To finish, valuations are worth a quick discussion. We hope regular readers will forgive us for repeating our message of the last few months: within Evenlode Income’s investable universe, the aggregate valuation opportunity is at the top end of the range it has been in over the last decade, other than during the Covid sell-off in 2020. This provides both a reassuring margin of safety for the long-term investor, and also potential upside (over and above dividends and per share free cash flow growth) if sentiment towards UK-listed quality compounders improves from its currently depressed level.

Part of the cause is that many cash compounders have been left behind over recent months and are offering up attractive dividend yields and total return potential. In light of the recent rise in bond yields, some of these shares are being shunned because they are considered too ‘bond-like’. But, over the long-term, owning pieces of good companies is a very different proposition to the ownership of fixed coupon bonds, thanks to their ability to grow revenues and profit in real terms over time, backed by healthy free cash flow generation. And if we face an economic downturn in the future, their defensive cash generation will be more highly valued than it is today.

Companies are eating themselves

Some of the reason for an attractive valuation environment, we think, is also due to conditions within the broader UK stock market. The river of outflows from the UK stock market has been quite consistent since at least 2016 but has accelerated more recently; flows out of UK equity funds have been negative every month for nearly three years now.

This has left the main buyer of UK shares, over the last year, as the companies themselves[iii]. They are eating themselves: using internally generated free cash flow to buy back and cancel shares. Just over 60% of the Evenlode Income portfolio, by value, has been buying back shares over the last year.

For the long-term shareholder, without doing anything, these repurchases quietly increase the economic ownership of each share in a company. All the patient shareholder needs to do is hang onto the shares for their percentage ownership of that company to grow.

As an aside, we wrote a thought experiment in our October 2011 investment view (A lesson from Henry Singleton) imagining how Microsoft could use its own free cash flow stream and net cash balance sheet to buy back shares at the depressed valuation it was trading on at the time. We concluded that it could end up with only a single share outstanding by 2021 – assuming the business made the same earnings in 2021 as it did in 2011. This would have meant that the owner of that single share was entitled to $22bn of earnings! Of course, that never happened, because Microsoft compounded its earnings at a good rate from 2011 and the valuation improved significantly.

There have been no takeovers in the Evenlode Income portfolio since 2022, but across the broader UK market acquisition activity has also increased. More than 20 UK-listed businesses are facing takeover bids this year, accounting for £100bn of market value – approximately 4% of the FTSE All-Share Index. We have, then, a dual dynamic that is leading to a shrinking pool of equity. Shares are being retired by many UK-listed companies, whilst others are in the process of being removed from the stock market entirely. Meanwhile, the supply of equity, via initial public offerings, is currently low.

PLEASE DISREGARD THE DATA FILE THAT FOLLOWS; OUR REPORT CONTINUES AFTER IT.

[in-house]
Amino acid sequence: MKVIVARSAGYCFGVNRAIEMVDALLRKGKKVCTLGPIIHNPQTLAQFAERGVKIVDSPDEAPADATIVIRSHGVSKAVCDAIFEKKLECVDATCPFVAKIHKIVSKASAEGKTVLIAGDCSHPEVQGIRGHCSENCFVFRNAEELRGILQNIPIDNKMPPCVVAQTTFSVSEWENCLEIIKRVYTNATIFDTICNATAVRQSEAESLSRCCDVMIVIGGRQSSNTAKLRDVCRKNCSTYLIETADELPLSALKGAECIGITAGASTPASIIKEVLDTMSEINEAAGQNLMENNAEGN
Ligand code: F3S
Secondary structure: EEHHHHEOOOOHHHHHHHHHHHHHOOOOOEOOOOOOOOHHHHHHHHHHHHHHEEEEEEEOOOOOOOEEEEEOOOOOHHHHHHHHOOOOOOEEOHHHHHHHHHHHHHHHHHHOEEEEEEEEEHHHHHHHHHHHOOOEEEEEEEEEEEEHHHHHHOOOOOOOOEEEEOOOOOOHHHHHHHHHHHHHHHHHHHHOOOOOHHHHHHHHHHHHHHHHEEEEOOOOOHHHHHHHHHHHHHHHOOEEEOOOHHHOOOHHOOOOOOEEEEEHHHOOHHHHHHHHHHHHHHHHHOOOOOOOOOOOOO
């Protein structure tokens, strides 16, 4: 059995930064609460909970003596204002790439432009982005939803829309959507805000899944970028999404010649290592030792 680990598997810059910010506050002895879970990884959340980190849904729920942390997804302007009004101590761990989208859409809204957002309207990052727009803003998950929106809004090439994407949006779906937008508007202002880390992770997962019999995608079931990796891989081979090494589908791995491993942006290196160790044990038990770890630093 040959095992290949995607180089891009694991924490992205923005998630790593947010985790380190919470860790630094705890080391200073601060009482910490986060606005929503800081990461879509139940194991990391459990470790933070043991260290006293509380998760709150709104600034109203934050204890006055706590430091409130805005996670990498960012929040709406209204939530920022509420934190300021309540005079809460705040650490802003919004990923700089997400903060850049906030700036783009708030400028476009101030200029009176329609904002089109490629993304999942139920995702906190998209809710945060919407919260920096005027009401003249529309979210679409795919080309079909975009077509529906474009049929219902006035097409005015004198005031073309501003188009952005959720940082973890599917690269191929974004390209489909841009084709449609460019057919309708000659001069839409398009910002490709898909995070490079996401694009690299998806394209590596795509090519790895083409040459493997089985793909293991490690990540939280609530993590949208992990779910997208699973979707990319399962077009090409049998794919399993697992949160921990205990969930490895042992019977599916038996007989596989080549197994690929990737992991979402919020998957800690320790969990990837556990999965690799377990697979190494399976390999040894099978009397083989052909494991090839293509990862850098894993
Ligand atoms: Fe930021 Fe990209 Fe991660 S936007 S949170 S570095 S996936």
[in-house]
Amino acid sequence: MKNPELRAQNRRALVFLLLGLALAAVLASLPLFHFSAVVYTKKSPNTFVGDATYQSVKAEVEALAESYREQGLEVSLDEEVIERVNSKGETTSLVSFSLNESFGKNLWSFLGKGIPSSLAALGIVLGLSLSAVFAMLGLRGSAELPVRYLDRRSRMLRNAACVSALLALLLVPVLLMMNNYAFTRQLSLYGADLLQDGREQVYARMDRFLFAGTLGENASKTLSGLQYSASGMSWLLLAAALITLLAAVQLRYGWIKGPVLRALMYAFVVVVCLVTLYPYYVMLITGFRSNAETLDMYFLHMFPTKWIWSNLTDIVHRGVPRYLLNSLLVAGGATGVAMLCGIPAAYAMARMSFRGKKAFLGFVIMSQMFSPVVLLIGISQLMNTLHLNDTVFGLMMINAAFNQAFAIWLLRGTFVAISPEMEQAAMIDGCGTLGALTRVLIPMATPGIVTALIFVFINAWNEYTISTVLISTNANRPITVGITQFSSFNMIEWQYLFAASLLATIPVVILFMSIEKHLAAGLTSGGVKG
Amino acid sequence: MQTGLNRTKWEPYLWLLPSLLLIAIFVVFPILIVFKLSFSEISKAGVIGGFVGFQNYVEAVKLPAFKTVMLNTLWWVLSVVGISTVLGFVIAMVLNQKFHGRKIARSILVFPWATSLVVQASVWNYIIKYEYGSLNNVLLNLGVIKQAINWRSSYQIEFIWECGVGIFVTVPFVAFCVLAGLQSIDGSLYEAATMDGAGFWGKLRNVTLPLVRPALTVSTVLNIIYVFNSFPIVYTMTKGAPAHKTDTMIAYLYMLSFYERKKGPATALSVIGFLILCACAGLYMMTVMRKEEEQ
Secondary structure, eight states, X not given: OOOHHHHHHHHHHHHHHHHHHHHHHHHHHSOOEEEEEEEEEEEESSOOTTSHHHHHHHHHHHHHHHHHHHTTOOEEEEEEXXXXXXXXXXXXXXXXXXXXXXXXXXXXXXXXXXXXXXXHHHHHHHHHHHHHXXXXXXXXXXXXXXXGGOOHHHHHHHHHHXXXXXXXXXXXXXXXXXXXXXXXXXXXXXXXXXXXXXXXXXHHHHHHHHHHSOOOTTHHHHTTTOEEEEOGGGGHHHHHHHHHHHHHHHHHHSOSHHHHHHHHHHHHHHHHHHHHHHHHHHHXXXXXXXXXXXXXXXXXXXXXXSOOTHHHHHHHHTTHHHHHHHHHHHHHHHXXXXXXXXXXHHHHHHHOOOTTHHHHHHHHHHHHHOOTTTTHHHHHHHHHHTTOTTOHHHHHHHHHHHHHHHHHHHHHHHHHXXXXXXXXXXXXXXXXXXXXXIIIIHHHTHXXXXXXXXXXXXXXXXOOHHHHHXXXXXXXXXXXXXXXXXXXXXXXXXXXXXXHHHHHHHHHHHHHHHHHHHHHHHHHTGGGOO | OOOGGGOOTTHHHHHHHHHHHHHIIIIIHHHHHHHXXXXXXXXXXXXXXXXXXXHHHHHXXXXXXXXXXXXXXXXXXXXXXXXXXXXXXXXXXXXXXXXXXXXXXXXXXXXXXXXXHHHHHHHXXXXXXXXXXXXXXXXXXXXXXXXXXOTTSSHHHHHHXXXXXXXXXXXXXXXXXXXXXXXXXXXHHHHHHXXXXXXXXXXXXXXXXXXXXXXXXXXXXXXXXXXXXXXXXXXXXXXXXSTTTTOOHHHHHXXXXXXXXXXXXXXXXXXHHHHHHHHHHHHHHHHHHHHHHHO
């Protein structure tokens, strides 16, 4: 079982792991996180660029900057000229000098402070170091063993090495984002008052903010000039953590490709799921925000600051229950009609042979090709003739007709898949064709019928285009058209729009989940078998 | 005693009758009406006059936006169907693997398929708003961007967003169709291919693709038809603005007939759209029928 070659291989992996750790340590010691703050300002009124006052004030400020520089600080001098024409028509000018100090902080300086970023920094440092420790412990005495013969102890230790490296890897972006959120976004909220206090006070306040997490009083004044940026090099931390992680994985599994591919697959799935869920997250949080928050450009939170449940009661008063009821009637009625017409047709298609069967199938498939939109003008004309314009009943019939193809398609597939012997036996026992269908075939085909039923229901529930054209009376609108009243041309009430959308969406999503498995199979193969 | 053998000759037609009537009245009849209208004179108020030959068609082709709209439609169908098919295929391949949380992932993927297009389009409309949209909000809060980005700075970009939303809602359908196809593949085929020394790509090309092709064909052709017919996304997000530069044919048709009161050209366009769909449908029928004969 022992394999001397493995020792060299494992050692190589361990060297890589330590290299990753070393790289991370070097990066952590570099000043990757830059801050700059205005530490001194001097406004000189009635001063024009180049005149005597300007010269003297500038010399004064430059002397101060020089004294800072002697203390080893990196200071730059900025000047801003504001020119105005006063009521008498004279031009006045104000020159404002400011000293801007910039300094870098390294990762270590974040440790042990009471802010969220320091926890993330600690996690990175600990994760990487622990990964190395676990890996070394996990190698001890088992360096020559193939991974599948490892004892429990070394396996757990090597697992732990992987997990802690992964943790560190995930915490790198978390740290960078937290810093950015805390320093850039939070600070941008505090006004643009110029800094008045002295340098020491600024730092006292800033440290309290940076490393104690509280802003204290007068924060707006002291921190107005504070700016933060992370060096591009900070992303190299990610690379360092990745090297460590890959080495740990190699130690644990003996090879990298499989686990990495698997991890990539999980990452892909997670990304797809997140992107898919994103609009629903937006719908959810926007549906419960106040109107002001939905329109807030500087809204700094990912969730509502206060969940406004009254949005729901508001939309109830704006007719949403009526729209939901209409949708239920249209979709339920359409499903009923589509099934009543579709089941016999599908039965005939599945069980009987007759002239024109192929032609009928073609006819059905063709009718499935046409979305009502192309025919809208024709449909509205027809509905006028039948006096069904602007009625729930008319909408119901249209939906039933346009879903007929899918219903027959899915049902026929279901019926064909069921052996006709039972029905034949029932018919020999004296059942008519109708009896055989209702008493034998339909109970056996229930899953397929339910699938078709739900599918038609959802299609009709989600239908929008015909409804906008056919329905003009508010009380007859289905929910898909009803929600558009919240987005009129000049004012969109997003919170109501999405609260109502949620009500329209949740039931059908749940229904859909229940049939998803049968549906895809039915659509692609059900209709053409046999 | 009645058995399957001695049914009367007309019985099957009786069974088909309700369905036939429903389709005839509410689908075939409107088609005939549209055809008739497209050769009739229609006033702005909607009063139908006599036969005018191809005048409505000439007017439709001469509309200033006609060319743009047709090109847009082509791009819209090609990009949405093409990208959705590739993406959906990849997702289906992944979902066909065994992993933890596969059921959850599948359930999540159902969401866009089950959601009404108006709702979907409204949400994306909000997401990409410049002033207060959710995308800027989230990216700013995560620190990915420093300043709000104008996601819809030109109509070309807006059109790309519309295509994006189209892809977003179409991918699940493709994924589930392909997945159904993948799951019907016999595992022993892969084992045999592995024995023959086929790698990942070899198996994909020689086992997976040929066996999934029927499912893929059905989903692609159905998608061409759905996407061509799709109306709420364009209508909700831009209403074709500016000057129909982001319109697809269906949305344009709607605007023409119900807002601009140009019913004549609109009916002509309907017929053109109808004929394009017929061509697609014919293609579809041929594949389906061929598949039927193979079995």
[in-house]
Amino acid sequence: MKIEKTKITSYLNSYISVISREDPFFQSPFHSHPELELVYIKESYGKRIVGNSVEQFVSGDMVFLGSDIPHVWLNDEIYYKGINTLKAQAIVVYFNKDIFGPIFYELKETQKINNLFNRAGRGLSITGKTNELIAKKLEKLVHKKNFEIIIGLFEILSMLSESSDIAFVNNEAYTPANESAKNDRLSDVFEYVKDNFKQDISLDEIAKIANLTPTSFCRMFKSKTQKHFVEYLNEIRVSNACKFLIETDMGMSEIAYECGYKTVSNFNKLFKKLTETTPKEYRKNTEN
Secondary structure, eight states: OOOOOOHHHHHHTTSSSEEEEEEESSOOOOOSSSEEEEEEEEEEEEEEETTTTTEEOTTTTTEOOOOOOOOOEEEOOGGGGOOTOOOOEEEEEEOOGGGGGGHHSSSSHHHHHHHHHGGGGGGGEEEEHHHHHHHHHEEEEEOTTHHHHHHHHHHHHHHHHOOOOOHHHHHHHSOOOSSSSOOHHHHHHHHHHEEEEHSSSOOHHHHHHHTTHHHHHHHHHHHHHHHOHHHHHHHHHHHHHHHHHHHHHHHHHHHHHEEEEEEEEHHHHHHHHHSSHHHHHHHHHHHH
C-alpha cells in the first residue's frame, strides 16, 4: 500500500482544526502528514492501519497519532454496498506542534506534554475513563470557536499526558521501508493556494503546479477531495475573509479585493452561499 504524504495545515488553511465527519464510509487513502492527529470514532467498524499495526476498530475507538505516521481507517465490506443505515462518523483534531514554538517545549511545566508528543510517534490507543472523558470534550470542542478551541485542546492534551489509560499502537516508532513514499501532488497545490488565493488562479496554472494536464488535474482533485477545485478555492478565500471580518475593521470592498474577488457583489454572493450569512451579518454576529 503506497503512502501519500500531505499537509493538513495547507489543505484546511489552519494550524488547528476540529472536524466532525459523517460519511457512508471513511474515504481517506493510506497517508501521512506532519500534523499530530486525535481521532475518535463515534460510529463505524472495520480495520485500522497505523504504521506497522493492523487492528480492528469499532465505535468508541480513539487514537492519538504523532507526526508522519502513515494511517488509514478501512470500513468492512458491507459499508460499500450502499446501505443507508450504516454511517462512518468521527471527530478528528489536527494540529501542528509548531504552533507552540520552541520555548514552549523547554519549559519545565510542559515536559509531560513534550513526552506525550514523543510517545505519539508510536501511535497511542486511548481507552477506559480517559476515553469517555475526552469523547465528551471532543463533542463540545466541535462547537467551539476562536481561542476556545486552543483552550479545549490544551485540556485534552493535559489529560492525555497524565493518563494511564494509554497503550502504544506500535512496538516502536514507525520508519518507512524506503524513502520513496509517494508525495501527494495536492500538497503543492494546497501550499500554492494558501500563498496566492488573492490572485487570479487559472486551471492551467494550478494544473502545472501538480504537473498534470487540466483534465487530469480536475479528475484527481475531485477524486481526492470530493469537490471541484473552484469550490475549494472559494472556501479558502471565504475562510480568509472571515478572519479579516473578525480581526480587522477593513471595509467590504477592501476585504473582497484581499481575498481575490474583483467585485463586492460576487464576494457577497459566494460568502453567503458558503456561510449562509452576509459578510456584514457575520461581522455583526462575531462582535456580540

These are just musings - we aren’t in the game of making big predictions, and the outlook is as usual uncertain. But one does wonder what might happen if investors do ultimately decide to reallocate some capital back to the UK equity market and take advantage of the valuations on offer.

Our primary focus, though, remains on owning pieces of good companies for the long-term to benefit from the dividends and per share free cash flow growth that accrue to patient shareholders. And on that note, we remain comforted by the quality, valuation appeal and compounding potential of the aggregate portfolio. Any improvement in the valuation environment over coming years would be icing on the cake.

Hugh, Chris M., Ben P., Charlotte, Leon and the Evenlode team

3 May 2024

Please note, these views represent the opinions of the Evenlode Team as of 3 May 2024 and do not constitute investment advice. Where opinions are expressed, they are based on current market conditions, they may differ from those of other investment professionals and are subject to change without notice. This document is not intended as a recommendation to invest in any particular asset class, security, or strategy. The information provided is for illustrative purposes only and should not be relied upon as a recommendation to buy or sell securities. For full information on fund risks and costs and charges, please refer to the Key Investor Information Documents, Annual & Interim Reports and the Prospectus, which are available on the Evenlode Investment Management website ( Recent performance information is also shown on factsheets, also available on the website. Past performance is not a guide to future returns. The value of investments and any income will fluctuate (this may partly be the result of exchange rate fluctuations) and investors may not get back the full amount invested. Fund performance figures are shown inclusive of reinvested income and net of the ongoing charges and portfolio transaction costs unless otherwise stated. The figures do not reflect any entry charge paid by individual investors. Current forecasts provided for transparency purposes, are subject to change and are not guaranteed. Source: Evenlode Investment Management Limited, authorised and regulated by the Financial Conduct Authority, No. 767844.

i IFSL Evenlode Income B Acc (GBP). Source: Evenlode, Financial Express, total return, bid-to-bid, GBP terms. Performance from 31 December 2023 to 3 May 2024. Swing price adjusted basis compares unswung (mid) price 29 December 2023 to unswung (mid) price 5 May 2024 (published prices are swung daily to protect the fund against dilution depending on net flows).

ii Source: Evenlode, Visible Alpha, FactSet. Median calendar year 2024 growth forecasts of portfolio companies held at 30 April 2024. Organic revenue growth excludes FX and M&A impact.

iii Source: Evenlode, FactSet. Free Cash Flow Yield as at 31 March 2024, based on FactSet estimates for the current year. Dividend yield is historic yield as at 3 May 2024.

iv Source: Peel Hunt.